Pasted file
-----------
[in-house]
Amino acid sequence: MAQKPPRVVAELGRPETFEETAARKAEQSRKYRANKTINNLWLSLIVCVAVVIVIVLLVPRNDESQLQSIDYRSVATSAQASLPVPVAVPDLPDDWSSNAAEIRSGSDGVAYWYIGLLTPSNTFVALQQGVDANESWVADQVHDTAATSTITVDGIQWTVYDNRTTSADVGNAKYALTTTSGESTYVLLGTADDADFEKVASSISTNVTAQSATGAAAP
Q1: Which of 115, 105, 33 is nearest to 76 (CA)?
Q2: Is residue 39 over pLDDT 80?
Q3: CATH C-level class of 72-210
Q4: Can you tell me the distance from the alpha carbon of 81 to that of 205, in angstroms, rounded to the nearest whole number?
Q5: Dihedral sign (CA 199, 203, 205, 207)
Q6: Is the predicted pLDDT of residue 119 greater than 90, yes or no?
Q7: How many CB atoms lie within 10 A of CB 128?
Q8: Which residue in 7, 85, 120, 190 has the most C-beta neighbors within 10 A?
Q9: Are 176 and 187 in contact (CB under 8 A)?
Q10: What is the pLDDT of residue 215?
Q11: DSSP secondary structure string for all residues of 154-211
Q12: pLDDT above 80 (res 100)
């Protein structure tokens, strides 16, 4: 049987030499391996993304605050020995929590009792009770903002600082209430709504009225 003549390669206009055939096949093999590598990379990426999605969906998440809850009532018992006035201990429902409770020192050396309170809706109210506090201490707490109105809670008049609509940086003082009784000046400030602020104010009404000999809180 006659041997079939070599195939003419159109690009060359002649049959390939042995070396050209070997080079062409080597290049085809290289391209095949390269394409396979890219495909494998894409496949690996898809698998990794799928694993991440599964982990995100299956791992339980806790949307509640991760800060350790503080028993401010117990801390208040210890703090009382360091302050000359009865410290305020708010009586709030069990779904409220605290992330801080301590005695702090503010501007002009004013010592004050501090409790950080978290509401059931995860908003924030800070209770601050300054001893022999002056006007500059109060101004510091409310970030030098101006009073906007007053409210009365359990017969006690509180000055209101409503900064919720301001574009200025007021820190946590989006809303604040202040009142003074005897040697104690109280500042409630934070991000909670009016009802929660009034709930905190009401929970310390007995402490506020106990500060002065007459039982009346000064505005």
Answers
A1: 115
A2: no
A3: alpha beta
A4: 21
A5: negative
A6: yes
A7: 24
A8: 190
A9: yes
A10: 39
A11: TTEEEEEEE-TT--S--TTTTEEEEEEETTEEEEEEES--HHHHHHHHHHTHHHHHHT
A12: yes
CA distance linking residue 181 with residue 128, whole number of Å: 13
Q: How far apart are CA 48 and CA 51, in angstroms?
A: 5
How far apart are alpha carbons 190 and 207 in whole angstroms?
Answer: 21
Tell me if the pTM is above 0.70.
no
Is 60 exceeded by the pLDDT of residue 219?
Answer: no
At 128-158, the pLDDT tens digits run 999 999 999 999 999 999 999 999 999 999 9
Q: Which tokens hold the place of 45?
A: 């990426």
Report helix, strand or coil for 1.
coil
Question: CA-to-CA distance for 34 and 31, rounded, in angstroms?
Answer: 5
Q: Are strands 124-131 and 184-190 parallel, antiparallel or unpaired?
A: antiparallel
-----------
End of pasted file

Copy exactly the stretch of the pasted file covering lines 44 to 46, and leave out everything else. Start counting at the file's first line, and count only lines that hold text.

Answer: 5
Q: Are strands 124-131 and 184-190 parallel, antiparallel or unpaired?
A: antiparallel